The Swampoodle Report

Josiah Swampoodle has been an irregular contributor to the Review over the years. A few excerpts:

An “exchange of ideas’ is a term of art; it is the opposite of “a breakdown in communications,” which, if you listen carefully to the eleven o’clock news, you’ll discover is the source of all human problems viz: “Police officials blamed the accidental shooting of three orphans in a drug bust on 7th Street on a breakdown in communications.” An exchange of ideas is what we need to end breakdowns in communications. Personally, I’m a little skeptical. I tried to exchange an idea once with a high official and he said he wouldn’t accept it without a sales slip.

Beset by extremist snobs on one hand and an extreme Supreme Court on the other, Richard Nixon continues his search for the great American political center, which — Mort Sahl suggests — is like moving twin beds together and sleeping in the crack .

Crime is very much in the news. President Nixon is pushing for a preventive detention bill that would allow the court to lock up dangerous looking people for sixty days without a trial. Senator Tydings has his own version: he wants detention limited to one month. So you see, the New Left is quite wrong when it says there is no difference between conservatives and liberals. There is a difference: 30 days.

Remember that the price of liberty is eternal vigilance, a good lawyer, and the right skin color.

It’s time for another report from Pretoria on the Potomac, where the gentle folk gather on balmy summer evenings to watch their neighbors getting arrested. In July and August, Washington becomes a vernal wonderland. There is something for everyone. The National Park Service has a program called Summer in the Parks. The local electric utility is planning a program called Summer in the Dark. The Health Department is running Summer in the Waiting Room. The Welfare Department is running Summer in the Red and the mayor has a program for himself called Summer in the Command Center . . .

The Food and Drug Admninistration prohibits the sale of meat containing more than seven parts per milion of DDT. Recent figures indicate that the average American contains twelve parts per million of DDT. So do your part for the environment and don’t eat Americans.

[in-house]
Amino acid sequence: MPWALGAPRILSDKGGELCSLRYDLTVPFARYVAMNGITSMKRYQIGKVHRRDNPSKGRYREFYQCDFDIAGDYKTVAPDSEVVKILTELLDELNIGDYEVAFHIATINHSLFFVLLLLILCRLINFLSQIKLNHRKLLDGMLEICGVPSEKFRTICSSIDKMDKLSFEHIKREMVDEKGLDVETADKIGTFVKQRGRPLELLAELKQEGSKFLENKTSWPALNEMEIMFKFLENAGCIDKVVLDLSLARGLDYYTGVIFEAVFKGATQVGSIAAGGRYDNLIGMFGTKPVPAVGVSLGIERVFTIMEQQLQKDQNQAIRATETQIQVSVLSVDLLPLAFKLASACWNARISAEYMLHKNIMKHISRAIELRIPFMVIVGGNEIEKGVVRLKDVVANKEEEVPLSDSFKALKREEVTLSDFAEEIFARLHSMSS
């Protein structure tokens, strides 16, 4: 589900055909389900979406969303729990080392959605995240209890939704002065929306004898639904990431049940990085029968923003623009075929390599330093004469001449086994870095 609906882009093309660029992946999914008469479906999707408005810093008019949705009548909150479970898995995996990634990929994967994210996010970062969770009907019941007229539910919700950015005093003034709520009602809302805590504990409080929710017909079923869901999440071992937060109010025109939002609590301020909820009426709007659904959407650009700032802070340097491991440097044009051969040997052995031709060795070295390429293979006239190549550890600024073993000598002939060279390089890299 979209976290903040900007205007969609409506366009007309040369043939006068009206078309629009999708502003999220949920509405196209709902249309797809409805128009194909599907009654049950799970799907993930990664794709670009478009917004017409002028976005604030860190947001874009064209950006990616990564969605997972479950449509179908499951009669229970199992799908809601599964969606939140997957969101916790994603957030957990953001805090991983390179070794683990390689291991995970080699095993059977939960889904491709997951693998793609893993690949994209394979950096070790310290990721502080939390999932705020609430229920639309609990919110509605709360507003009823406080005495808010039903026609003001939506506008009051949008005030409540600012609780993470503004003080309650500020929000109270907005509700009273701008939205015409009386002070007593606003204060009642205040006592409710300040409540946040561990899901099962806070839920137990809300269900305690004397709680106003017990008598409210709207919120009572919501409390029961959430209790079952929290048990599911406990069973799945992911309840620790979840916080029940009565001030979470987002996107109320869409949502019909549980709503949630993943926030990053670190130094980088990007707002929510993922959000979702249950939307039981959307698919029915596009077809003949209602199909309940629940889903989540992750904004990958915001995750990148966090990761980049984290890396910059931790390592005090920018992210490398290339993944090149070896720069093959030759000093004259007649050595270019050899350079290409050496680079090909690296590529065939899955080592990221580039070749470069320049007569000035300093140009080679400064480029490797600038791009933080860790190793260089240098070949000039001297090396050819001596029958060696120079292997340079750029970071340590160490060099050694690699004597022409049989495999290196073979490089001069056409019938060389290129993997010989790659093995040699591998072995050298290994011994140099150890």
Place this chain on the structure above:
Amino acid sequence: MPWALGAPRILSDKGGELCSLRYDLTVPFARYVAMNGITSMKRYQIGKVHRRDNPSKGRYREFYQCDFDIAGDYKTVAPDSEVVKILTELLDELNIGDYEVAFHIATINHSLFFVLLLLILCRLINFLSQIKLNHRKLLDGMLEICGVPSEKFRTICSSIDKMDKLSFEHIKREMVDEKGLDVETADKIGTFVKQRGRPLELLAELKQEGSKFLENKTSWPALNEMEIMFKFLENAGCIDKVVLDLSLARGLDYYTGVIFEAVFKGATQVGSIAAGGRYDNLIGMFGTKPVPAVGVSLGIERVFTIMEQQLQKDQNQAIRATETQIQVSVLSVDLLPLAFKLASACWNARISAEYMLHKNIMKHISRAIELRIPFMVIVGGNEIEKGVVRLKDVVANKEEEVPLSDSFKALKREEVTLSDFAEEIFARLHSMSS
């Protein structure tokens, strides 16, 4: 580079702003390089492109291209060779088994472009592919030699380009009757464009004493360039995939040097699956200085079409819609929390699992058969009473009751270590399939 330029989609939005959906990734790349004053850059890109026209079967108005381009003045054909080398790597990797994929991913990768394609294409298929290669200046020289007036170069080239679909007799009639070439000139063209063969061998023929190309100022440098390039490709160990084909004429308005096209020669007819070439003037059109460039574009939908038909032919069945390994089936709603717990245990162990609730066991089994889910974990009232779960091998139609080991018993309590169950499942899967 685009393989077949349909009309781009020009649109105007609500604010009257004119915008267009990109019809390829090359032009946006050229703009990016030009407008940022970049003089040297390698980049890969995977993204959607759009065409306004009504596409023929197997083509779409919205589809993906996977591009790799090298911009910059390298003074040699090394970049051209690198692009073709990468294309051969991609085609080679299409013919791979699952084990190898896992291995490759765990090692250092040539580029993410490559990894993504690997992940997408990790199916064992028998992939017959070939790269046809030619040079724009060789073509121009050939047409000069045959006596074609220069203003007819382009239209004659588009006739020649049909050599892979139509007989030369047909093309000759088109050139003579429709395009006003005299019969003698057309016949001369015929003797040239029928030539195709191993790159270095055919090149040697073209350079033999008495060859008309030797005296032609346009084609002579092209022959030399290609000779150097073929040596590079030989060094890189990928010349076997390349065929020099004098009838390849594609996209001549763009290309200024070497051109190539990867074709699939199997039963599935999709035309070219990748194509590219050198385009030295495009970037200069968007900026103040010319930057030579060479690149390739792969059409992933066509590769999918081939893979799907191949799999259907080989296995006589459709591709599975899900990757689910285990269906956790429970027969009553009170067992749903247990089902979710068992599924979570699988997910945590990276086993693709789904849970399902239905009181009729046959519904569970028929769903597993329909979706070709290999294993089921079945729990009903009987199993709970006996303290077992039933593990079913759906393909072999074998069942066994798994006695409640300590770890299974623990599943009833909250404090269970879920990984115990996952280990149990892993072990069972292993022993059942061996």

Several people have asked me whether we are really getting out of Vietnam like the President says. Of course we are. He never promised, however, which way we would go when we left. Our invasions of Laos and Cambodia are part of an orderly withdrawal procedure that includes, according to secret documents that have come across my desk, a defensive incursion into Tibet next fall and a limited interdiction of the Great Wall of China in spring of 1972 . . . It is obvious to the experts that you do not cure addiction to warfare by going cold turkey. You substitute. Laos is the military’s methadone treatment.

The DC crime bill has become law. Avoid pot, telephones, meetings, loose talk, thinking, Jesuits, and hippie looking fellows wearing London Fog raincoats who blow their nose with clean handkerchiefs. And remember: you can’t count on William O. Douglas still being on the job by the time your case reaches the Supreme Court.

I’m worried. The other day an innocent lady walking near the White House was struck by lightening. It’s frightening. Even the Lord is losing his sense of direction.

The President has proposed legislation that would permit DC residents to be preventively detained. The Chief Justice wants to do way with the Fifth Amendment. And my wife has started opening my mail. But I say, keep calm. There is no need to worry until the trains start running on time. . .

There’s a bright side to everything. Just the other day it was discovered that there was more DDT in mother’s milk than in that produced by cows. Immediately, the Agriculture Department assigned a task force to determine whether warnings should be printed on each center spread of Playboy magazine. .

 

 

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